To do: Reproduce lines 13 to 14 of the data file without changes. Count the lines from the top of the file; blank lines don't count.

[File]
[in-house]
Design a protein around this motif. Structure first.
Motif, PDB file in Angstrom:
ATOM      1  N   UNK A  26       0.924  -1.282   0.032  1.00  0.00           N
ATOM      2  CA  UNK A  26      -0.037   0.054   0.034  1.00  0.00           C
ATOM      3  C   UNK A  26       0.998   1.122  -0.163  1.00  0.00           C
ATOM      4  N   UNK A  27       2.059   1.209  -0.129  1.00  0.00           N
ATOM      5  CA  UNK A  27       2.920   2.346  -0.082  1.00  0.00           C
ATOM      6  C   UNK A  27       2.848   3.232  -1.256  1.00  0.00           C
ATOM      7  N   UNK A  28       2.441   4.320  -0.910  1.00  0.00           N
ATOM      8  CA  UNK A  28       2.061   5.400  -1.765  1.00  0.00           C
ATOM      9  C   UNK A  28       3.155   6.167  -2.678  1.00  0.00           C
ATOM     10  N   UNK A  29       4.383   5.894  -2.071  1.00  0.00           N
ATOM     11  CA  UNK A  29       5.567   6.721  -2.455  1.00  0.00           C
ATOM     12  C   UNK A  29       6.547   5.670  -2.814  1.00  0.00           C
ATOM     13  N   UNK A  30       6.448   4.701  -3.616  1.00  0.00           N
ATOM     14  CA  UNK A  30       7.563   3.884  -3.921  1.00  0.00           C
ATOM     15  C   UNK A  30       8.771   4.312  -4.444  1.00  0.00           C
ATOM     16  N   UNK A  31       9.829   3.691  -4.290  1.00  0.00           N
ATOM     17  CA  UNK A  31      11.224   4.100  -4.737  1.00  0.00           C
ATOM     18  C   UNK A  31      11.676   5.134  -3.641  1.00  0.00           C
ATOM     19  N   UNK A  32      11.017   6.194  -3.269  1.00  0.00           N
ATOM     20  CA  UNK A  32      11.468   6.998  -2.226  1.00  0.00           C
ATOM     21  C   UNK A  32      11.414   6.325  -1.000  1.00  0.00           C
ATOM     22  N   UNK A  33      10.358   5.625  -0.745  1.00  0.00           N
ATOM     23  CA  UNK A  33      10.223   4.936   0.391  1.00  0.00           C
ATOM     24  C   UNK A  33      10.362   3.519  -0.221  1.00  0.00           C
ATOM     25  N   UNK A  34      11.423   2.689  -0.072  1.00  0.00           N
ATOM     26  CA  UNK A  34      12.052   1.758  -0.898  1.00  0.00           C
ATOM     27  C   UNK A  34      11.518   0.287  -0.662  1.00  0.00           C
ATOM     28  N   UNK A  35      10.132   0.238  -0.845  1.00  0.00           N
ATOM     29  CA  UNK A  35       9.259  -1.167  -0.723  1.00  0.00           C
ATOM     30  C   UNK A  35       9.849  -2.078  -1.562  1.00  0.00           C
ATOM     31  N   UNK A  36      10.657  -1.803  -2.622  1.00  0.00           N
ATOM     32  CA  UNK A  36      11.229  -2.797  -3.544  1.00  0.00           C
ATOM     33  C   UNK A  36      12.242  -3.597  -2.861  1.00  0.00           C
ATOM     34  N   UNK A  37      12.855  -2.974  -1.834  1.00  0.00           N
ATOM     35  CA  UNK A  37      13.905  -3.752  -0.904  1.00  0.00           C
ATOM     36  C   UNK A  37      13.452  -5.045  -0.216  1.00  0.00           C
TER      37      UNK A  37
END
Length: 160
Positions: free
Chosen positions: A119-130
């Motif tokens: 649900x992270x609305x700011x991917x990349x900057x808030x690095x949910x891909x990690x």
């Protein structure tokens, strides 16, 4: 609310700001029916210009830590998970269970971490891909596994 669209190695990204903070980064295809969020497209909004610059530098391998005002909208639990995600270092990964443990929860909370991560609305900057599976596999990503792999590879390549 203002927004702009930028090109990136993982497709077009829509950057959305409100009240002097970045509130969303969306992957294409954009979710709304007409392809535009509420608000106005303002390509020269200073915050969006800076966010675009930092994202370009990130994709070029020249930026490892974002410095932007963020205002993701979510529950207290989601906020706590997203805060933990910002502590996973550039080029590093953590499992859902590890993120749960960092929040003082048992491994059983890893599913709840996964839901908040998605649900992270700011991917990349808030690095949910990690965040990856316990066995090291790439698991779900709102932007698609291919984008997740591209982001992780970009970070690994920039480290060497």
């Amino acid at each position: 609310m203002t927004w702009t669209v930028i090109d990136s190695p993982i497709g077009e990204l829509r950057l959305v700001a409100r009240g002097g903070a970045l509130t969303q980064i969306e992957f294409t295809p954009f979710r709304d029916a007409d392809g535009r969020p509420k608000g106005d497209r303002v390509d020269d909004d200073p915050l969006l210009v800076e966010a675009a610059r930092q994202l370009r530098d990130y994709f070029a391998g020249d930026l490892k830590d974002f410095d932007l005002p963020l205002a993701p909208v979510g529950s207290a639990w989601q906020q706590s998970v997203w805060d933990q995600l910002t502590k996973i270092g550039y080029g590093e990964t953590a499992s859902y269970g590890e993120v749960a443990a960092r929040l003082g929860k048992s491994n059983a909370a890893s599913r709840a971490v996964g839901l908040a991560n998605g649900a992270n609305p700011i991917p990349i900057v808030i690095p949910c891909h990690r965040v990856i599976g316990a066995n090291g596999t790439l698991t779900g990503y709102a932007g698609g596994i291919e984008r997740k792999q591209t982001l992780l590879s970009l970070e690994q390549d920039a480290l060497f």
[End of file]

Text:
ATOM     10  N   UNK A  29       4.383   5.894  -2.071  1.00  0.00           N
ATOM     11  CA  UNK A  29       5.567   6.721  -2.455  1.00  0.00           C